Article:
June is winding down. Another thunderstorm is rumbling through, ending of a week of storms, after a spring of heavy rains. The gardens are too wet to work in; our lawn resembles an abandoned field. The perennials are lush, verdant, and as overgrown as the gardens of Portland, Oregon. The slow start to the growing season delayed the strawberries and the rainy weeks of June are producing a dismal yield. I wait and wait for a good day to go out to the fields, as the season is passing by. The hard green fruits of the black-capped raspberries are swelling on the canes. With a week of sun ahead of us, I am assured of raspberry jam to come.
Meanwhile, in the gardens, the beans and snap peas are blooming, the chard and lettuces are ready for picking, and the collard greens are fanning their big blue green leaves like elephant ears. Small green beads are taking shape on my first-year low-bush blueberries. Colorado potato beetles attacked the parched fingerings but when the rains came, the beetles departed. I’ve been feeling disappointed that my quinoa hadn’t survived the draught days, the plot is a mass of weeds. Today when I finally searched for images of quinoa seedlings, I discovered that what I thought were lambs quarters are in fact my quinoa plants, thriving in the relative cool and the certain damp.
My work as a textbook editor is also thriving and it has kept me from writing, though not from cooking, nor from weekly visits to the small Greenwich Farmer’s market. On Wednesdays I walk to the community garden to do a little weeding and back by the market on the way home for early vegetables from Crandall’s Corners Farm, Joint Venture’s farm fresh eggs, Spoonful Catering’s prepared dinners, and this past week, a pound of incredible ground beef from the Butler Farm in Schuylerville. The Butler’s are a small family farm, they know their animals as individuals, and feed them grain as well as grass, making for a pretty amazing ground meat product.
Of course, I’ve been cooking. Rhubarb was my obsession and I had many failures trying to come up with a savory rhubarb presentation until salsa presented itself as an idea. I’ve made two big batches of old-fashioned baked beans, the latest with smoked ham hocks and loads of ginger. We had the Butler beef in kibbeh-style burgers, tucked into pitas with slivered cucumbers and a smear of hummus. We’ve had many meals with early leeks; yesterday I used the trimmings for a stock that will be the base for tomorrow’s dinner: a sun and shadow risotto (2:1 Arborio and faro) to be served with saffron butter poached lobster, in celebration of David’s birthday.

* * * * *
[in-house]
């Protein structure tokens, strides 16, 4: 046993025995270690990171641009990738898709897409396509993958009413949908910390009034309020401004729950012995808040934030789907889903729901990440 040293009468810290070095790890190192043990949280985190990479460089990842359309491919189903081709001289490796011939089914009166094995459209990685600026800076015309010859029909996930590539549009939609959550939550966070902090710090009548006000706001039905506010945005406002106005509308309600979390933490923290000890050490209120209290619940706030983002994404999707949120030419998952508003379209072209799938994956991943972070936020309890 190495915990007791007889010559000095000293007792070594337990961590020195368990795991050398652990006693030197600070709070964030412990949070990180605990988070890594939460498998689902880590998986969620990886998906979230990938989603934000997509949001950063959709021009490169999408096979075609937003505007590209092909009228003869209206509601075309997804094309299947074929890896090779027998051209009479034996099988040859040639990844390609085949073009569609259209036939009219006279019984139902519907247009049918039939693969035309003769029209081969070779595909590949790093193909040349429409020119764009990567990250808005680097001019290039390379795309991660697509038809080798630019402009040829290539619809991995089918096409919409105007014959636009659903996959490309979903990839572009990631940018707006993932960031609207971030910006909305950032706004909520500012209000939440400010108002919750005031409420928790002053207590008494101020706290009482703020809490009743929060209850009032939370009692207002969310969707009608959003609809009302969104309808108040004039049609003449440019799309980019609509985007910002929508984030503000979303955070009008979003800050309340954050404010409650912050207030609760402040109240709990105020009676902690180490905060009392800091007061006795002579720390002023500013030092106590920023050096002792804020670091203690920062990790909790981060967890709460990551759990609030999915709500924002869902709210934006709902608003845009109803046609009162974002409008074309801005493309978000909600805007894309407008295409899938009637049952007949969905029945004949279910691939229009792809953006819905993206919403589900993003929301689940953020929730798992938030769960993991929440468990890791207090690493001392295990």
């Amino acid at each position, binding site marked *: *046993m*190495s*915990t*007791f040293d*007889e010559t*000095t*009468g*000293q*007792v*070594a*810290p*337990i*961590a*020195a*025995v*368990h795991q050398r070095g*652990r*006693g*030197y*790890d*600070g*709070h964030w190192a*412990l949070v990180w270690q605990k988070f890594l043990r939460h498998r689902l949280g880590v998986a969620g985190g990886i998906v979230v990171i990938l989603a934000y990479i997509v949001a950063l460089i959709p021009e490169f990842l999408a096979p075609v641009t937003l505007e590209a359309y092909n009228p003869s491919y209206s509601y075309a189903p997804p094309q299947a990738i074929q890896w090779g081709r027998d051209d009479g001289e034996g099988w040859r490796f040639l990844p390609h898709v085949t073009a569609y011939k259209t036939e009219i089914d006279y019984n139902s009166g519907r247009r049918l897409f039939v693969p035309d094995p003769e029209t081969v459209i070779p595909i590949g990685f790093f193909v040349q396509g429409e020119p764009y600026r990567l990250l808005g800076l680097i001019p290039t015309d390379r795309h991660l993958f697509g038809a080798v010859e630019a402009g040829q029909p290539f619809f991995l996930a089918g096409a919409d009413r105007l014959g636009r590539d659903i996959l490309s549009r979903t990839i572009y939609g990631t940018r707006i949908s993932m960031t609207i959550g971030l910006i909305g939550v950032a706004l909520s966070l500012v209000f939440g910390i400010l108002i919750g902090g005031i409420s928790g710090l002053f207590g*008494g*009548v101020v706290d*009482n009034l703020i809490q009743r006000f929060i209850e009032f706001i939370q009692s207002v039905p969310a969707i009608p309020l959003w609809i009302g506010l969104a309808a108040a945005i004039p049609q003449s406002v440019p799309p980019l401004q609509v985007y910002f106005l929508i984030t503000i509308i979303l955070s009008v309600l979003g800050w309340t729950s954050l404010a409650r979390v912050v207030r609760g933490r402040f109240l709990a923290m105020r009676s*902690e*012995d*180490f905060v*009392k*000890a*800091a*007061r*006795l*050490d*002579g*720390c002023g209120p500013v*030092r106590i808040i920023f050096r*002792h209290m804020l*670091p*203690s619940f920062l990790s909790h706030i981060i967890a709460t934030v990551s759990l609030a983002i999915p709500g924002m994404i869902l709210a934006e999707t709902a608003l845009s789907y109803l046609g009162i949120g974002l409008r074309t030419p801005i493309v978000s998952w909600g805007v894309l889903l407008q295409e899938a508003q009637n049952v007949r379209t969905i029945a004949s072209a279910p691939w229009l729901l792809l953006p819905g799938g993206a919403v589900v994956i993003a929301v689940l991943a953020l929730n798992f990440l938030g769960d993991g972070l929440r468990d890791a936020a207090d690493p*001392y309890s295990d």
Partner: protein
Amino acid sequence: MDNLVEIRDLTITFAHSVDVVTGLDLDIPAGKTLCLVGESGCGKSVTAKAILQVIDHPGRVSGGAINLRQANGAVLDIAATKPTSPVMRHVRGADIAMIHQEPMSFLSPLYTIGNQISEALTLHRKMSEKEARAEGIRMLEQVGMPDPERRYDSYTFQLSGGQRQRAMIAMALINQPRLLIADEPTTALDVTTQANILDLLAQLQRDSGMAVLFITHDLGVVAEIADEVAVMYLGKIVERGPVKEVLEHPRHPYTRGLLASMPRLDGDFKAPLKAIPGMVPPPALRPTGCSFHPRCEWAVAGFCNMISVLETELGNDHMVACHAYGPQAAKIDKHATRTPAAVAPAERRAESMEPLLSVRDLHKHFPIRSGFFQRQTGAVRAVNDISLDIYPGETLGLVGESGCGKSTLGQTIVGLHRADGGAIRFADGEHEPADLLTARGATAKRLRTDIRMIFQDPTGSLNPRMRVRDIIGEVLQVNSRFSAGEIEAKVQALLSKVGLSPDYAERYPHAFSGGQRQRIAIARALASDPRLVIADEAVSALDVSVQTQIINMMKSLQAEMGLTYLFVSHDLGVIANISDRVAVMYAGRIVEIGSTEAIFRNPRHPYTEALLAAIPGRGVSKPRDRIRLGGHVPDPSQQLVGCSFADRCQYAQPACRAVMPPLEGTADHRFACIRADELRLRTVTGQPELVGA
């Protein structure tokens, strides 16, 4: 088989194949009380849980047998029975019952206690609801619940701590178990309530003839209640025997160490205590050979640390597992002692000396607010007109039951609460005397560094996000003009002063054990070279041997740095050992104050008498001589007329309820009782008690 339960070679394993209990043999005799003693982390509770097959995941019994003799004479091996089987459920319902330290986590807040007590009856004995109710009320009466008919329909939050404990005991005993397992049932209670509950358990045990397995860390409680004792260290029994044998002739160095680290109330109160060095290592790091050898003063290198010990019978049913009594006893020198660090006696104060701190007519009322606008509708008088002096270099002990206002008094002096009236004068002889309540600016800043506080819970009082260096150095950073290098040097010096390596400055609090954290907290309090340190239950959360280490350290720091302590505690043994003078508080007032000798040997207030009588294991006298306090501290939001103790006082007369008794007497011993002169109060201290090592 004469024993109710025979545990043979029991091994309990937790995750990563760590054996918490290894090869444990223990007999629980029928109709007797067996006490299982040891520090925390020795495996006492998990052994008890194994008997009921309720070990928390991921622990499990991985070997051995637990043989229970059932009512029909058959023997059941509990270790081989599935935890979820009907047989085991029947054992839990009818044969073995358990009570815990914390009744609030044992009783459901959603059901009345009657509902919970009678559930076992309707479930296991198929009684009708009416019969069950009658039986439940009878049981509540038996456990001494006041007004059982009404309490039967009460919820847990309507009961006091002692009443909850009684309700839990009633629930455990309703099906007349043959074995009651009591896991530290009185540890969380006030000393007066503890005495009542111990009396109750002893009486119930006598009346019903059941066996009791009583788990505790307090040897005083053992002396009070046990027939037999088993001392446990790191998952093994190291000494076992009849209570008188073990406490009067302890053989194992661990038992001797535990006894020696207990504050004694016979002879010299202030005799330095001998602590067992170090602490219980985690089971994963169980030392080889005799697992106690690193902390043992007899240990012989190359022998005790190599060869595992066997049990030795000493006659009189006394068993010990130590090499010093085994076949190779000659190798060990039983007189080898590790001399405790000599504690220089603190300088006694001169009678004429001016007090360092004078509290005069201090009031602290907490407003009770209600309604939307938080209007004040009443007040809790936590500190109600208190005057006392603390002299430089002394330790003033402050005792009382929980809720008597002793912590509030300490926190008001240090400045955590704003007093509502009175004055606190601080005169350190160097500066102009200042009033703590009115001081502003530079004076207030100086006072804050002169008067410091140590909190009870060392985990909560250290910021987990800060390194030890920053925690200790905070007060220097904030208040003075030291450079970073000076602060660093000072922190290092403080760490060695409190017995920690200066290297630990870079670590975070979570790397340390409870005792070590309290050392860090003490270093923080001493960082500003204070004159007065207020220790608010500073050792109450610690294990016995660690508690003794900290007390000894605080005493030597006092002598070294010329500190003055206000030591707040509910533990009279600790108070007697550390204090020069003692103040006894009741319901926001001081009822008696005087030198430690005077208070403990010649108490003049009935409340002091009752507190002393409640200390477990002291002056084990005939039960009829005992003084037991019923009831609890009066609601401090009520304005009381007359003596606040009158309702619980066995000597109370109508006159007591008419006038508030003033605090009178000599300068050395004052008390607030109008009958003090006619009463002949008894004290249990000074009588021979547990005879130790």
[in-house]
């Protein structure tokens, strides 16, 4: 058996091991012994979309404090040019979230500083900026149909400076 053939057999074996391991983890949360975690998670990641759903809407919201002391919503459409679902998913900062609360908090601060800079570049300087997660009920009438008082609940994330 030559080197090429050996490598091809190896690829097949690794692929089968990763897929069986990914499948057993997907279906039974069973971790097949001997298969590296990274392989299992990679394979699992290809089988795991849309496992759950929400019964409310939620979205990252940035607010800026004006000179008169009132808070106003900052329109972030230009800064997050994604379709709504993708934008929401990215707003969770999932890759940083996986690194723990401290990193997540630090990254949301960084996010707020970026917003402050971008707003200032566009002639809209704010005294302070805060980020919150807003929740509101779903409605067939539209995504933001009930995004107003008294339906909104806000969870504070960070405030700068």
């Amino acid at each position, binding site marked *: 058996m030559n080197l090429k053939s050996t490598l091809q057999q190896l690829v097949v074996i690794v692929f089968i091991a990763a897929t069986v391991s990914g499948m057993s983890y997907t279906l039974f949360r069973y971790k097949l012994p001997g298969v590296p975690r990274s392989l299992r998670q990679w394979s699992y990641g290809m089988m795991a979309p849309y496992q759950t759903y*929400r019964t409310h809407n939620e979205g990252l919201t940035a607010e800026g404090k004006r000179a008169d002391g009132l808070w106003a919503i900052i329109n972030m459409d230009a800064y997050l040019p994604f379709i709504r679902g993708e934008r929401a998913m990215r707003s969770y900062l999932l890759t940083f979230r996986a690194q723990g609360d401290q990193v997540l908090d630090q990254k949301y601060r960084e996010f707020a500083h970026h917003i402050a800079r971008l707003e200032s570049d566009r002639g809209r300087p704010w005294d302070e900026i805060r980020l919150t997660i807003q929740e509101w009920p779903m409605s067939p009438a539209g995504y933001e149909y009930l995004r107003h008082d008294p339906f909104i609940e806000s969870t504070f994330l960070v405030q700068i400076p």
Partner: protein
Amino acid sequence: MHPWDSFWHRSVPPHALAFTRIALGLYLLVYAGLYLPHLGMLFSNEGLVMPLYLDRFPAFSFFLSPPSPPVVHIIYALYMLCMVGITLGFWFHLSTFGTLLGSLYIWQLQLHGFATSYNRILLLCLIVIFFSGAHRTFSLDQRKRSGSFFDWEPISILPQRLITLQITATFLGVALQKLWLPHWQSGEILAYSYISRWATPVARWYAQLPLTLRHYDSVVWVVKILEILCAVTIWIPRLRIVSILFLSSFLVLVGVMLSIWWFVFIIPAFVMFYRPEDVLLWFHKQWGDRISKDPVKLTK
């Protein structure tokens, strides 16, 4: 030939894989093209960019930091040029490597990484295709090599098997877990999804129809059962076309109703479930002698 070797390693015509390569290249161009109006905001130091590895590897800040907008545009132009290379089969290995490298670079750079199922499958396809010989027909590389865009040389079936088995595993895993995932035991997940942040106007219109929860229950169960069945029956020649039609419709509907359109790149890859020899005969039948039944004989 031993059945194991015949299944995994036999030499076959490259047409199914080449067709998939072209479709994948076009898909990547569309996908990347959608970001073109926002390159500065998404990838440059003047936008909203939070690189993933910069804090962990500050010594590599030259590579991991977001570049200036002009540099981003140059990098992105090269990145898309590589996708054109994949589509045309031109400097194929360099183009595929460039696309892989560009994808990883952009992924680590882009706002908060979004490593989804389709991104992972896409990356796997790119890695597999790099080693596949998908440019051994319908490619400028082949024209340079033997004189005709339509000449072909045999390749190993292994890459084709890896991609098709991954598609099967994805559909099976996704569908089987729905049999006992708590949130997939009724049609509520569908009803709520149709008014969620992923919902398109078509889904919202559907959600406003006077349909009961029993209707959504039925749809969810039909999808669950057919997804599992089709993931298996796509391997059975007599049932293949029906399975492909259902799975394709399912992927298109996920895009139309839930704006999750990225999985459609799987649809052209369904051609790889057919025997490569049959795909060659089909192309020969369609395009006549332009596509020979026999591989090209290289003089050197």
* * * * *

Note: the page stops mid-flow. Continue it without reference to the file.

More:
I’ll get to my backlog of recipes soon, but I’ve been missing the time I spend thinking about the season and what the process of acquiring, growing and cooking our meals means to me. The writing is part of my reflecting and an expression of gratitude for the abundance of joy in my life. As the rains pass, we will all get back to our summer activities. For me that means more foraging, more growing, cooking for visitors, for bbqs and picnics. Just ahead are 4th of July parties and the long evenings of lingering light. I’m helping plan the pot luck portion of a casual Cape Cod wedding and thinking about entering some recipes in the Washington County Fair.
Meet me on the porch some evening around 6 for whatever cocktail recipe using the latest harvest is in the works, some strangely delicious cold concoction, sipped while swinging to the evening birdsongs.